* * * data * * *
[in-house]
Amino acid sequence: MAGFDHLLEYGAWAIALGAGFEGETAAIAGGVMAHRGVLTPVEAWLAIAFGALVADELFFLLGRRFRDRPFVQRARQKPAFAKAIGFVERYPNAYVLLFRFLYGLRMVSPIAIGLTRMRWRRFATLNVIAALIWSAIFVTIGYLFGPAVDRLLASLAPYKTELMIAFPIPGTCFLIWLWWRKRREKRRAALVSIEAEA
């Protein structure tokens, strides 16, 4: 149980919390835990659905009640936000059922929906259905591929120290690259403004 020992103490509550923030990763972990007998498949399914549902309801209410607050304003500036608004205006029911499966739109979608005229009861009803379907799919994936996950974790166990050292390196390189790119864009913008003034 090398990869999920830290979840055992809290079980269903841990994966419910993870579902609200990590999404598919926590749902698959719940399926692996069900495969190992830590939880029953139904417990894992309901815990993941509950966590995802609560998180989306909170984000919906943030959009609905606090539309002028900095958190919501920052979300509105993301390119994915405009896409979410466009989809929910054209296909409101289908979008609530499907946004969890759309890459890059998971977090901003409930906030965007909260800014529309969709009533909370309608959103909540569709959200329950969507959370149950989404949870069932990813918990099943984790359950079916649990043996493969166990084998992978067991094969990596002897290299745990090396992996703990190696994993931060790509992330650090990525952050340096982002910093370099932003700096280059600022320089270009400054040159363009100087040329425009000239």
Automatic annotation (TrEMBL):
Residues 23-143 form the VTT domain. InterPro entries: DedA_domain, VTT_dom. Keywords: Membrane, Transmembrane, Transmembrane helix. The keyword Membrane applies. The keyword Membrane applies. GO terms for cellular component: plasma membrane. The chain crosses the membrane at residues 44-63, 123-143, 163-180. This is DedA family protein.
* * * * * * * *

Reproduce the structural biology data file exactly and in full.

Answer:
[in-house]
Amino acid sequence: MAGFDHLLEYGAWAIALGAGFEGETAAIAGGVMAHRGVLTPVEAWLAIAFGALVADELFFLLGRRFRDRPFVQRARQKPAFAKAIGFVERYPNAYVLLFRFLYGLRMVSPIAIGLTRMRWRRFATLNVIAALIWSAIFVTIGYLFGPAVDRLLASLAPYKTELMIAFPIPGTCFLIWLWWRKRREKRRAALVSIEAEA
């Protein structure tokens, strides 16, 4: 149980919390835990659905009640936000059922929906259905591929120290690259403004 020992103490509550923030990763972990007998498949399914549902309801209410607050304003500036608004205006029911499966739109979608005229009861009803379907799919994936996950974790166990050292390196390189790119864009913008003034 090398990869999920830290979840055992809290079980269903841990994966419910993870579902609200990590999404598919926590749902698959719940399926692996069900495969190992830590939880029953139904417990894992309901815990993941509950966590995802609560998180989306909170984000919906943030959009609905606090539309002028900095958190919501920052979300509105993301390119994915405009896409979410466009989809929910054209296909409101289908979008609530499907946004969890759309890459890059998971977090901003409930906030965007909260800014529309969709009533909370309608959103909540569709959200329950969507959370149950989404949870069932990813918990099943984790359950079916649990043996493969166990084998992978067991094969990596002897290299745990090396992996703990190696994993931060790509992330650090990525952050340096982002910093370099932003700096280059600022320089270009400054040159363009100087040329425009000239």
Automatic annotation (TrEMBL):
Residues 23-143 form the VTT domain. InterPro entries: DedA_domain, VTT_dom. Keywords: Membrane, Transmembrane, Transmembrane helix. The keyword Membrane applies. The keyword Membrane applies. GO terms for cellular component: plasma membrane. The chain crosses the membrane at residues 44-63, 123-143, 163-180. This is DedA family protein.